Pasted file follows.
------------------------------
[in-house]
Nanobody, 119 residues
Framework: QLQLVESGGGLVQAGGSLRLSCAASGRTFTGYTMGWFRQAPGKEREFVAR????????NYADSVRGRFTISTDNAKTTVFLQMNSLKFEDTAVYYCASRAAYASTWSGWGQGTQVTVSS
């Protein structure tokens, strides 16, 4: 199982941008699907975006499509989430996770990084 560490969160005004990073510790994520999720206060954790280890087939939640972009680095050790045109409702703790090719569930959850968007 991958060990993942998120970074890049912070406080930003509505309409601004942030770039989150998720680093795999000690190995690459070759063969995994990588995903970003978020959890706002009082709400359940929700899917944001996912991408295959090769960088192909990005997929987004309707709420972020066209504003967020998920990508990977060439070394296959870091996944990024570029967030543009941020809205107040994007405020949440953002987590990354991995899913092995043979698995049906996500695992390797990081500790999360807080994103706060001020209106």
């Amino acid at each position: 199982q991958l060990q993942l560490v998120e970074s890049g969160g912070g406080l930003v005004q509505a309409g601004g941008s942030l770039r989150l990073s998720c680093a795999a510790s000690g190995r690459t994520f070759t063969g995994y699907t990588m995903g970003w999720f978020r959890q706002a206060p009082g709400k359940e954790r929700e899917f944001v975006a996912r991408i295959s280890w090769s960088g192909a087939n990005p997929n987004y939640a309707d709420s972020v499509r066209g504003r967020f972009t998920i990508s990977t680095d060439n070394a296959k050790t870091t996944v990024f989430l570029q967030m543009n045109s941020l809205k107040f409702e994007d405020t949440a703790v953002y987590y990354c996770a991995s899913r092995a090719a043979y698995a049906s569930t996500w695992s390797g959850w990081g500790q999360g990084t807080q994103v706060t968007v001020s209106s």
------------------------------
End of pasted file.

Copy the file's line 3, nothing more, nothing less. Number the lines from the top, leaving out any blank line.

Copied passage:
Framework: QLQLVESGGGLVQAGGSLRLSCAASGRTFTGYTMGWFRQAPGKEREFVAR????????NYADSVRGRFTISTDNAKTTVFLQMNSLKFEDTAVYYCASRAAYASTWSGWGQGTQVTVSS